Hitchhiker's Guide to Software Architecture and Everything Else - by Michael Stal

Sunday, October 07, 2007

The Great SOA Swindle (Beware of hidden humor!]

You might have noticed it or at least you got a little bit suspicious. Something strange is currently going on in the IT universe. People who you highly respected a few years ago have been caught by a serious disease. Now, they behave and think in unprecedented ways. You will hear them constantly producing sentences that sound like "yada yada yada SOA yada Governance yada BPM yada yada EAI yada messaging". My code name for the disease is WSA (Web Service Addiction), sometimes also coined SOA (Serious Opinion Anomaly). Their personal background does not matter either. I know C++ nerds as well as enterprise Java developers that were both caught by the SOA trap. Even mice (MIcrosoft Centric Engineers) got brainwashed. How do you recognize a person that carries the SOA virus? It all starts with loose coupling. Obviously, these poor morons loose the coupling to their own brains. You will also detect a serious speaking disorder. If you listen carefully, they will constantly repeat words that sound like "WSDL", "WS" or "XML". Any relationship with the dark lord in the Harry Potter series might be completely coincidental. There is a kind of Turing test to prove whether another person is suffering from the SOA disease. Just, tell this person about a particular software engineering problem you are currently facing in your project. If your peer immediately (without further considerations or detail questions) tries to convince you that SOA is the appropriate solution, you're done.

Don't consider all this just a SOAP-opera. And don't wait until you REST in peace. Act now! This dangerous virus is spread and distributed on purpose. A secret organization called CIA (Computer Integration Architects) is responsible for all the mess. Companies like IBM, Microsoft, SAP, Google, Oracle, <name your software vendor of choice> want to make us believe in a service paradise, while their actual goal is to increase stakeholder value. I bet they once secretly met discussing what new problem they could come up with in order to offer new products (sometimes also erroneously known as solutions).  And that's how Web Services and SOA were born.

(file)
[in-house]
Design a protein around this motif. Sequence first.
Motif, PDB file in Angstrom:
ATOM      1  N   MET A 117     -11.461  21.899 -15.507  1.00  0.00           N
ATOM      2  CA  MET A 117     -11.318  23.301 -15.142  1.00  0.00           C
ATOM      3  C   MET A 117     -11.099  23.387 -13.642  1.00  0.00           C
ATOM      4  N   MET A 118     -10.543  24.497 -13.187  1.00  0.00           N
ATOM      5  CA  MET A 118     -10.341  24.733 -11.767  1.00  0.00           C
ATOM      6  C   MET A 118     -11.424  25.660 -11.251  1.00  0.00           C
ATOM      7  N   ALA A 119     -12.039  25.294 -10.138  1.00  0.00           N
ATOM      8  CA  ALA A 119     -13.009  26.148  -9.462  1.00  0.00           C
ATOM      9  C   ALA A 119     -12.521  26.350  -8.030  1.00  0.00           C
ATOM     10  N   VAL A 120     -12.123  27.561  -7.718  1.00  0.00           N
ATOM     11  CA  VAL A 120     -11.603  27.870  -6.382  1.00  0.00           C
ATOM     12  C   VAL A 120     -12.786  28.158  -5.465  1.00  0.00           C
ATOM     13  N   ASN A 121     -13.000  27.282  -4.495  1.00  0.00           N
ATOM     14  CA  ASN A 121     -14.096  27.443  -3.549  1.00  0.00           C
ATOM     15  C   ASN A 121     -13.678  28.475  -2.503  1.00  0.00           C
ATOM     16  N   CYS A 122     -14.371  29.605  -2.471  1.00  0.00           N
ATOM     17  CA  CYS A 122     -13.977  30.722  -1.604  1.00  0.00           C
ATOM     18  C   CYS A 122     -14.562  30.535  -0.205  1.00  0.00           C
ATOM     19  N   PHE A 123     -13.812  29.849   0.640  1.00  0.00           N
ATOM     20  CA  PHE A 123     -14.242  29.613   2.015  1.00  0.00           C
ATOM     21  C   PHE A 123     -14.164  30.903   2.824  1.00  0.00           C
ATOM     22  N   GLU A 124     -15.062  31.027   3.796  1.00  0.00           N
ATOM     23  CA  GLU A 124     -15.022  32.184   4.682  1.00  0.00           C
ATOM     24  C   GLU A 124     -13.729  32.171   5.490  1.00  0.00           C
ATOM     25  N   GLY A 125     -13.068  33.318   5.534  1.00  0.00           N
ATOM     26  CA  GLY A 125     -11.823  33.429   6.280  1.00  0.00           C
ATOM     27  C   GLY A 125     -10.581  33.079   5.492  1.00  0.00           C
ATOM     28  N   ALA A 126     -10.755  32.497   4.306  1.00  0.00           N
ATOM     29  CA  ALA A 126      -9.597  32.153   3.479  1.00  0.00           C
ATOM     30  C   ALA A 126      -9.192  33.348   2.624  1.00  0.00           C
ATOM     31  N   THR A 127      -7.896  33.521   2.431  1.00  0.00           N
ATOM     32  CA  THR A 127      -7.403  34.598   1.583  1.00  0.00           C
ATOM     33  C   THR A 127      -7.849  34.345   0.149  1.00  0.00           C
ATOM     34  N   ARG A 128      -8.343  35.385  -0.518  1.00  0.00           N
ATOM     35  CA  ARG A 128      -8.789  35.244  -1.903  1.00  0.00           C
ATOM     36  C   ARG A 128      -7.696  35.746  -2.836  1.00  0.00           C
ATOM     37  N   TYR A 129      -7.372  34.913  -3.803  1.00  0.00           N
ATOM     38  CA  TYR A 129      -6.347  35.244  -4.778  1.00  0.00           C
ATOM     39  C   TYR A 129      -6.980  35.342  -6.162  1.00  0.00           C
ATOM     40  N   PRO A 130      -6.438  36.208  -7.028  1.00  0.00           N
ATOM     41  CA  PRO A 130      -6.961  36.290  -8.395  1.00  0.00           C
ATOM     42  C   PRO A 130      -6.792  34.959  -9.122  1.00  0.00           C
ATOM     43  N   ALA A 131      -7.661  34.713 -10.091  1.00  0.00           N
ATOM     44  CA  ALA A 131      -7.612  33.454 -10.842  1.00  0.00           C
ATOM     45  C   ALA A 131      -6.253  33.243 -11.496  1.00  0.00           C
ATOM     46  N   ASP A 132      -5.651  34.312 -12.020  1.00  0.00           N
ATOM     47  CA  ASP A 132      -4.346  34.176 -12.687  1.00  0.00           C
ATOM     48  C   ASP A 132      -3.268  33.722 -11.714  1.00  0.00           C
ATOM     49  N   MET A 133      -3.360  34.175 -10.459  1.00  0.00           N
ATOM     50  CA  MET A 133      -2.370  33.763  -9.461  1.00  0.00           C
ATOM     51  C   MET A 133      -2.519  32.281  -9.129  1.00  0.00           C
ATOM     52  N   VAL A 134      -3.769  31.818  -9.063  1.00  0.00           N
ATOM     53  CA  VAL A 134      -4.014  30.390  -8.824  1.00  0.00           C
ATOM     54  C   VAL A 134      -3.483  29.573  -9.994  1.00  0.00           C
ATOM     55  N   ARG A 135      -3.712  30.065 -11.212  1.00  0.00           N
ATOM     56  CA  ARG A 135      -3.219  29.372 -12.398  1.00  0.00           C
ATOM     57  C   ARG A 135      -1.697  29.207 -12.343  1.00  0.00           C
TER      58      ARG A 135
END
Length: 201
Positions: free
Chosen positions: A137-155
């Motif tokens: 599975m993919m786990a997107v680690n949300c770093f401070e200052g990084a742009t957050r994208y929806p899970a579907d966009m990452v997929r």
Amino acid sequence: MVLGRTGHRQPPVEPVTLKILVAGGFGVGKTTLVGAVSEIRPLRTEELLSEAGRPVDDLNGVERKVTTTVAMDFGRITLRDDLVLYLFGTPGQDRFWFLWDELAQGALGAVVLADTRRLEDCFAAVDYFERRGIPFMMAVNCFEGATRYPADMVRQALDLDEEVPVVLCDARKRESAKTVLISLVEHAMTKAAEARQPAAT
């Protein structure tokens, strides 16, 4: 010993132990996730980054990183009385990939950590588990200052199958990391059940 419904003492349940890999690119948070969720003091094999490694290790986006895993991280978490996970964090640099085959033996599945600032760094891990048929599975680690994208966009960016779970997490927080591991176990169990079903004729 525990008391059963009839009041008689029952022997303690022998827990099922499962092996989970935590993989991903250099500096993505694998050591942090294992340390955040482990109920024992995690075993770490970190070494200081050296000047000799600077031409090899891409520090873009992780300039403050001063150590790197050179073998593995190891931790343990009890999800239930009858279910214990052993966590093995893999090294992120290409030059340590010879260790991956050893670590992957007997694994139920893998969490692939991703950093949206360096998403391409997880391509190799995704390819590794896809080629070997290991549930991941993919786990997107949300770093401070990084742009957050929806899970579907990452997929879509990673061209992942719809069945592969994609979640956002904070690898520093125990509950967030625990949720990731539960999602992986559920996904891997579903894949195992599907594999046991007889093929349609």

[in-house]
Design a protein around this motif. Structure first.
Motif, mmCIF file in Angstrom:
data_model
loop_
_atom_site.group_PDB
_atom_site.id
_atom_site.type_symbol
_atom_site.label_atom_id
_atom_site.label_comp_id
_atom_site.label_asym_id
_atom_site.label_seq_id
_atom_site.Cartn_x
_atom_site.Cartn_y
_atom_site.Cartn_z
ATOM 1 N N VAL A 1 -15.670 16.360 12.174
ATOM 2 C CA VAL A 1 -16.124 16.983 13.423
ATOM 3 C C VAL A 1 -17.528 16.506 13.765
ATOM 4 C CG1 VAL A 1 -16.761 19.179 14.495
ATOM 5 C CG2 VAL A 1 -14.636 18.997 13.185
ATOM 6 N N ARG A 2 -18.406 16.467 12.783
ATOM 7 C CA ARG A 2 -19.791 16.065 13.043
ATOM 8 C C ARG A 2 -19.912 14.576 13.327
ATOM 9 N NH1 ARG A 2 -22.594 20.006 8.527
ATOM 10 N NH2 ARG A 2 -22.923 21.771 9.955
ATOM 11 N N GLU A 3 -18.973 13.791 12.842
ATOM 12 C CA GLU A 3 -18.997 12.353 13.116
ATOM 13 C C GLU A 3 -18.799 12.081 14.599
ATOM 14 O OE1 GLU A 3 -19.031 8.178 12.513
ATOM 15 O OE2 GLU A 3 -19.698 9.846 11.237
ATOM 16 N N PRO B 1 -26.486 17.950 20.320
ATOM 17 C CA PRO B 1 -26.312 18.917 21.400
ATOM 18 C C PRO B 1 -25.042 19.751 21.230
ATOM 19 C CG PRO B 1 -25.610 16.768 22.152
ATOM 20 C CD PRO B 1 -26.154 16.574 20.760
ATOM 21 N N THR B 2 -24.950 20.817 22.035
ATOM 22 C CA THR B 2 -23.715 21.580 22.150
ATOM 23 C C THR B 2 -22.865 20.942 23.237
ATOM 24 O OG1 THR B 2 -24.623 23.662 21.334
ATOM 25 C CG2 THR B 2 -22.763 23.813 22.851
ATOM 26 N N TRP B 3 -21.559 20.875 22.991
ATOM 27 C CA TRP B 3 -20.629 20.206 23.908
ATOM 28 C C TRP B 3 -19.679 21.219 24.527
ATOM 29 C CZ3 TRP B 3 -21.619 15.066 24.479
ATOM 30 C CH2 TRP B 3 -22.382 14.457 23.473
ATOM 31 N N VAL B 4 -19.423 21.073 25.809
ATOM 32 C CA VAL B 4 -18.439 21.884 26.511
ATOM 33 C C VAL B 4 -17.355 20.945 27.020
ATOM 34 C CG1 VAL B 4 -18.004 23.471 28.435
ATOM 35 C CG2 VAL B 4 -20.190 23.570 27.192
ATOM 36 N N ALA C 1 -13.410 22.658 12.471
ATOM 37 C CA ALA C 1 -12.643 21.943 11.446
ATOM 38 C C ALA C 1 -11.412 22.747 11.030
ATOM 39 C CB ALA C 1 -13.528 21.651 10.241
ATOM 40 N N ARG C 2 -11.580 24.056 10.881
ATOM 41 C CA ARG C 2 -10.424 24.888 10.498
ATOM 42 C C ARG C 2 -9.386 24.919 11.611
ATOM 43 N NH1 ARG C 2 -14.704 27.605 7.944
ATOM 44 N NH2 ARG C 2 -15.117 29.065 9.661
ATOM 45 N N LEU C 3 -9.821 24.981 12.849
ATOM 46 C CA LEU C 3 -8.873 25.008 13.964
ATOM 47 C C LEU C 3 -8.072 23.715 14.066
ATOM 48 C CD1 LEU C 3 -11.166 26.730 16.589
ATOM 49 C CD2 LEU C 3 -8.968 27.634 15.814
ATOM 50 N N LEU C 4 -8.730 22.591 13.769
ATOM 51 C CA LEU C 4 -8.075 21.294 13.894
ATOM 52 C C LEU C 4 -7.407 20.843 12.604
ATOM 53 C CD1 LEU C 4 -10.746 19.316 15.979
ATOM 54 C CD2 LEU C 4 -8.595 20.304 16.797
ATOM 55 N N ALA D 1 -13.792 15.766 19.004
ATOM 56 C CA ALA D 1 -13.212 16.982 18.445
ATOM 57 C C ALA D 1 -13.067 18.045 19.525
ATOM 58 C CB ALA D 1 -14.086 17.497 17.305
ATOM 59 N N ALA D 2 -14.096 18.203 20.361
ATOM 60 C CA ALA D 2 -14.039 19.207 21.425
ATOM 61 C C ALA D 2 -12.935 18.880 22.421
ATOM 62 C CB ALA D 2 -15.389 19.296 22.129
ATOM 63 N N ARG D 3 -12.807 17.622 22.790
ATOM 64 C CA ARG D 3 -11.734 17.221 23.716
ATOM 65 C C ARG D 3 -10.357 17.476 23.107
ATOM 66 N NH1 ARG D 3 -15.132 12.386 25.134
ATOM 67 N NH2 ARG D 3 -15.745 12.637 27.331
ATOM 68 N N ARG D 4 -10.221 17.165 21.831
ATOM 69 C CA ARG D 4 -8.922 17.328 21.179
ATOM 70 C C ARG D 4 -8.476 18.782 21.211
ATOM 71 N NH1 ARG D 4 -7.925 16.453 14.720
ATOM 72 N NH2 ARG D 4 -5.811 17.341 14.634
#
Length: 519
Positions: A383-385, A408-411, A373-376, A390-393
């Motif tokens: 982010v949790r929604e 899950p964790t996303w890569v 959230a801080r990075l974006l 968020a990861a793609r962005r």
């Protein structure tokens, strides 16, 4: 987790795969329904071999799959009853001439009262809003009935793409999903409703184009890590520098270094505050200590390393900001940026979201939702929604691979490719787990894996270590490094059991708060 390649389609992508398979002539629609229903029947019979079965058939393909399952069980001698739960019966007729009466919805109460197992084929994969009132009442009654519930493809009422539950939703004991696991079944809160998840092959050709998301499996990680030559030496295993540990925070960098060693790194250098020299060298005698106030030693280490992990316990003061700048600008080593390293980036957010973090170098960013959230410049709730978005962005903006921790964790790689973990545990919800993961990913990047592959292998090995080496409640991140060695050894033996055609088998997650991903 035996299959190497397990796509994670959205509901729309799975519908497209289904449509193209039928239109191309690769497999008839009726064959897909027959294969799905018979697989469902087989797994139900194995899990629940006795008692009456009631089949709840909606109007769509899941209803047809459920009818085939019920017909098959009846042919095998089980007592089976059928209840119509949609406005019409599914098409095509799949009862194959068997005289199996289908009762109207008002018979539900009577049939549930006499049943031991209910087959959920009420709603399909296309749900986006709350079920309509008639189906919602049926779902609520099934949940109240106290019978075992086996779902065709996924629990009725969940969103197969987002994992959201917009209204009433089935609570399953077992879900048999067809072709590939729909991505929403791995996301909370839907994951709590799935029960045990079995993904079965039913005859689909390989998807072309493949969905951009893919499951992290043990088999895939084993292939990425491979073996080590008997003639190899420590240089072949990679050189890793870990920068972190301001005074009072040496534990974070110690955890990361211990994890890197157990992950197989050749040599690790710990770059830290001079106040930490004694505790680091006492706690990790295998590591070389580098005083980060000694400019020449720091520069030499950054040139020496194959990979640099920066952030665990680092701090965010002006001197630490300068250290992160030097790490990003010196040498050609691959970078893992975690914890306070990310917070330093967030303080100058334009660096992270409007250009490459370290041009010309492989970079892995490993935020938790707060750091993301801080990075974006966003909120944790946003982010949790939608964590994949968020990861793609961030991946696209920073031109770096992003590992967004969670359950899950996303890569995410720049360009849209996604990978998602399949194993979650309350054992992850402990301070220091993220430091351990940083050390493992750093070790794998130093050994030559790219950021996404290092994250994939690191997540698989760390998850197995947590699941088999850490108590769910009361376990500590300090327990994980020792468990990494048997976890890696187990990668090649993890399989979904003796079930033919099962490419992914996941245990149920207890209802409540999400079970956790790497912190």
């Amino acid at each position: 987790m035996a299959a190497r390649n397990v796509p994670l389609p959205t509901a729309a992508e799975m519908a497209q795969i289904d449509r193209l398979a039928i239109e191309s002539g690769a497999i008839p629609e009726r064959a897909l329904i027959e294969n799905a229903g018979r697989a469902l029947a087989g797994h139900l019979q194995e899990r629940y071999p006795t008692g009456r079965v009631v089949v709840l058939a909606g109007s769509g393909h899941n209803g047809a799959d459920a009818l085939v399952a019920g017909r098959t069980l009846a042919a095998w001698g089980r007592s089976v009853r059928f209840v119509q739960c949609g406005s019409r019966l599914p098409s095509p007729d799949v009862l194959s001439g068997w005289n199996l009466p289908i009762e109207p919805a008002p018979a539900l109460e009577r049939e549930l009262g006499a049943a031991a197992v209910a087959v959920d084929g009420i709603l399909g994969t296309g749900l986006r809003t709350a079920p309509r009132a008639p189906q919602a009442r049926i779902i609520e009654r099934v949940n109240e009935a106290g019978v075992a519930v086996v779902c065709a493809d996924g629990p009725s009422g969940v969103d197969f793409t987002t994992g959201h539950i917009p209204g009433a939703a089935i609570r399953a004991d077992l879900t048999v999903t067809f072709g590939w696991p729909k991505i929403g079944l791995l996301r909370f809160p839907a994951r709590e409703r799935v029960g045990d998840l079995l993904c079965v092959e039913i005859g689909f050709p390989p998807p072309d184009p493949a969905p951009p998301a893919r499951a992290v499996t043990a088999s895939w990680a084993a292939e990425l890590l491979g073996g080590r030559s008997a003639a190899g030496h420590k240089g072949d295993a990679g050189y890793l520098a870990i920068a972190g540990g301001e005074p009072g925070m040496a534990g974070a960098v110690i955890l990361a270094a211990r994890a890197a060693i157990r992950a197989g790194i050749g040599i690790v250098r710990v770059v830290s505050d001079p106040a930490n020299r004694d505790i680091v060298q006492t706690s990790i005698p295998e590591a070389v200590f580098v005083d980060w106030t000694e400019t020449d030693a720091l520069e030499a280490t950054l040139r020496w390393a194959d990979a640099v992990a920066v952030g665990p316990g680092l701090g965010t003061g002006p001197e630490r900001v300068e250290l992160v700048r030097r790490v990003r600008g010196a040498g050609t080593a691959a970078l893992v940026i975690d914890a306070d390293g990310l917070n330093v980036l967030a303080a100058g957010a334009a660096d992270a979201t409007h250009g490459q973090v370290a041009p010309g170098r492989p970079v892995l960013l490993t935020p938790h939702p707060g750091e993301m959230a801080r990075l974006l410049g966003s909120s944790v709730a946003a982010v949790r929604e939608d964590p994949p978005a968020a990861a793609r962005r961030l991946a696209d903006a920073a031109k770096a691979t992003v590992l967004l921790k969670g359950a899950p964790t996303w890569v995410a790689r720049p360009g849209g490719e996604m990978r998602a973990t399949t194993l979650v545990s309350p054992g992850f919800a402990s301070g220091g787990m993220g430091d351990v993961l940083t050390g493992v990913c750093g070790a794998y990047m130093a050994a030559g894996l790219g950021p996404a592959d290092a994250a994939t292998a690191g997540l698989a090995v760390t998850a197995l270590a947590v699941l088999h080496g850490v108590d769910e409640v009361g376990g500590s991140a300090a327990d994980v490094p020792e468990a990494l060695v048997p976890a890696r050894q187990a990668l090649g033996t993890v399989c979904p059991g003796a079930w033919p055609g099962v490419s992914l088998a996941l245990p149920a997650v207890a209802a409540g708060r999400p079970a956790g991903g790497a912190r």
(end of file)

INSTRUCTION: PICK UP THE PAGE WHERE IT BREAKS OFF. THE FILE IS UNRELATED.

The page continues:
Interestingly, only a few Web service success stories actually exist. And among all of the SOA success stories, most do not use Web services at all but a kind of messaging infrastructure. Now, guess how old messaging middleware is. Yes, we already have known and used the SOA paradigm for decades.

With other words, we are currently facing a giant SOA swindle created by a secret network of various contributors such as companies, media, or fellow engineers. Their actual goal is to achieve world domination. But that is another story and I will address this issue when talking about the truth of Web 2.0.


  • Part of the reason that many have bought the hype is that it really can help bring alignment between IT and the business. The WS Death Star crowd can fall into the JBOWS trap though (Just a Bunch of Webservices). As you rightly pointed out, everything must be used within context. Don't use a sledgehammer where a hammer will do. A couple friends of mine refer to this as the shiny, happy syndrome. It's like putting a set of car keys in front of a baby. They get fascinated for a little while, until they ultimately lose interest. Then they move onto the next shiny, happy thing (and focus solely on it).

    By Anonymous Anonymous, at 8:04 PM  

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